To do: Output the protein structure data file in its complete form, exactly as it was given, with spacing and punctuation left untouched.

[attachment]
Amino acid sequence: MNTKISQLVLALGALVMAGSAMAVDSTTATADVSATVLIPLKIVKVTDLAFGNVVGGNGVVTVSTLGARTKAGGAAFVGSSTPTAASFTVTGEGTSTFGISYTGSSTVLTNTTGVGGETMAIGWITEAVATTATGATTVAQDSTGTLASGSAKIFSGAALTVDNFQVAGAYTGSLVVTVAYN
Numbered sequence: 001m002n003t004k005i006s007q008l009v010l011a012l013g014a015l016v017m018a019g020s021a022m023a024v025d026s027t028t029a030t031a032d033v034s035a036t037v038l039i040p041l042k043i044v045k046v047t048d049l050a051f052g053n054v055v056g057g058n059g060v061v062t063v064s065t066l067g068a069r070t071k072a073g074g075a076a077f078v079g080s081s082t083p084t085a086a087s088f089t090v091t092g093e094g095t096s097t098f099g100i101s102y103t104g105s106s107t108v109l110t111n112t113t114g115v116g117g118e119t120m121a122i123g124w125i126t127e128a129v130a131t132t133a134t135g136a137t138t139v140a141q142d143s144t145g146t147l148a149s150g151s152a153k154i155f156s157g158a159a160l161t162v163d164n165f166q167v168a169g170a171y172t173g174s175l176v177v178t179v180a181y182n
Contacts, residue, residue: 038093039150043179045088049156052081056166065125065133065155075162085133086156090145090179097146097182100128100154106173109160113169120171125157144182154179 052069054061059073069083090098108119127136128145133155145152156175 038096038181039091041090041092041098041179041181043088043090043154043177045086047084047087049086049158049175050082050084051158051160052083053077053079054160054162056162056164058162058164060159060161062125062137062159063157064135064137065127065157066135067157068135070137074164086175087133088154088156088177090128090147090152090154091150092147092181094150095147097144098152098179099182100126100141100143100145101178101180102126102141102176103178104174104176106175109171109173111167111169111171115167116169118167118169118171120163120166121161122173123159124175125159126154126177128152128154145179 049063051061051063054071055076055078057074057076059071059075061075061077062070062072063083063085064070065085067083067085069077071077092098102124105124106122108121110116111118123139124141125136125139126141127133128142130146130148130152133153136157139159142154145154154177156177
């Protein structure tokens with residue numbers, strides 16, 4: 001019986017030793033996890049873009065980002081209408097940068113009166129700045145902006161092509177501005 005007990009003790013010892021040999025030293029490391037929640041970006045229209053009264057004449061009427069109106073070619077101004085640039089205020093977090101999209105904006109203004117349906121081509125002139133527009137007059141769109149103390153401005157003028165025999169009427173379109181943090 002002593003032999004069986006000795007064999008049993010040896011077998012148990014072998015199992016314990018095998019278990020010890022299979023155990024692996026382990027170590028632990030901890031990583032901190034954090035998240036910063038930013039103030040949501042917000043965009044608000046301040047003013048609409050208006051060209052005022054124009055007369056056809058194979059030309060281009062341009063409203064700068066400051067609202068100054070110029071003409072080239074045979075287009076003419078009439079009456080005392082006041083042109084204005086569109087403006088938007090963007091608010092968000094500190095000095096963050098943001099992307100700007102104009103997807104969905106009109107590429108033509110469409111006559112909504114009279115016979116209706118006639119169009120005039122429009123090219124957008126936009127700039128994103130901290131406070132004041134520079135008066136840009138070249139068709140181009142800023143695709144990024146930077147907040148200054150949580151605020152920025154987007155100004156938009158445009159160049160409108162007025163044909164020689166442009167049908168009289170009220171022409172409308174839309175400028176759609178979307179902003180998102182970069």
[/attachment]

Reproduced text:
Amino acid sequence: MNTKISQLVLALGALVMAGSAMAVDSTTATADVSATVLIPLKIVKVTDLAFGNVVGGNGVVTVSTLGARTKAGGAAFVGSSTPTAASFTVTGEGTSTFGISYTGSSTVLTNTTGVGGETMAIGWITEAVATTATGATTVAQDSTGTLASGSAKIFSGAALTVDNFQVAGAYTGSLVVTVAYN
Numbered sequence: 001m002n003t004k005i006s007q008l009v010l011a012l013g014a015l016v017m018a019g020s021a022m023a024v025d026s027t028t029a030t031a032d033v034s035a036t037v038l039i040p041l042k043i044v045k046v047t048d049l050a051f052g053n054v055v056g057g058n059g060v061v062t063v064s065t066l067g068a069r070t071k072a073g074g075a076a077f078v079g080s081s082t083p084t085a086a087s088f089t090v091t092g093e094g095t096s097t098f099g100i101s102y103t104g105s106s107t108v109l110t111n112t113t114g115v116g117g118e119t120m121a122i123g124w125i126t127e128a129v130a131t132t133a134t135g136a137t138t139v140a141q142d143s144t145g146t147l148a149s150g151s152a153k154i155f156s157g158a159a160l161t162v163d164n165f166q167v168a169g170a171y172t173g174s175l176v177v178t179v180a181y182n
Contacts, residue, residue: 038093039150043179045088049156052081056166065125065133065155075162085133086156090145090179097146097182100128100154106173109160113169120171125157144182154179 052069054061059073069083090098108119127136128145133155145152156175 038096038181039091041090041092041098041179041181043088043090043154043177045086047084047087049086049158049175050082050084051158051160052083053077053079054160054162056162056164058162058164060159060161062125062137062159063157064135064137065127065157066135067157068135070137074164086175087133088154088156088177090128090147090152090154091150092147092181094150095147097144098152098179099182100126100141100143100145101178101180102126102141102176103178104174104176106175109171109173111167111169111171115167116169118167118169118171120163120166121161122173123159124175125159126154126177128152128154145179 049063051061051063054071055076055078057074057076059071059075061075061077062070062072063083063085064070065085067083067085069077071077092098102124105124106122108121110116111118123139124141125136125139126141127133128142130146130148130152133153136157139159142154145154154177156177
């Protein structure tokens with residue numbers, strides 16, 4: 001019986017030793033996890049873009065980002081209408097940068113009166129700045145902006161092509177501005 005007990009003790013010892021040999025030293029490391037929640041970006045229209053009264057004449061009427069109106073070619077101004085640039089205020093977090101999209105904006109203004117349906121081509125002139133527009137007059141769109149103390153401005157003028165025999169009427173379109181943090 002002593003032999004069986006000795007064999008049993010040896011077998012148990014072998015199992016314990018095998019278990020010890022299979023155990024692996026382990027170590028632990030901890031990583032901190034954090035998240036910063038930013039103030040949501042917000043965009044608000046301040047003013048609409050208006051060209052005022054124009055007369056056809058194979059030309060281009062341009063409203064700068066400051067609202068100054070110029071003409072080239074045979075287009076003419078009439079009456080005392082006041083042109084204005086569109087403006088938007090963007091608010092968000094500190095000095096963050098943001099992307100700007102104009103997807104969905106009109107590429108033509110469409111006559112909504114009279115016979116209706118006639119169009120005039122429009123090219124957008126936009127700039128994103130901290131406070132004041134520079135008066136840009138070249139068709140181009142800023143695709144990024146930077147907040148200054150949580151605020152920025154987007155100004156938009158445009159160049160409108162007025163044909164020689166442009167049908168009289170009220171022409172409308174839309175400028176759609178979307179902003180998102182970069």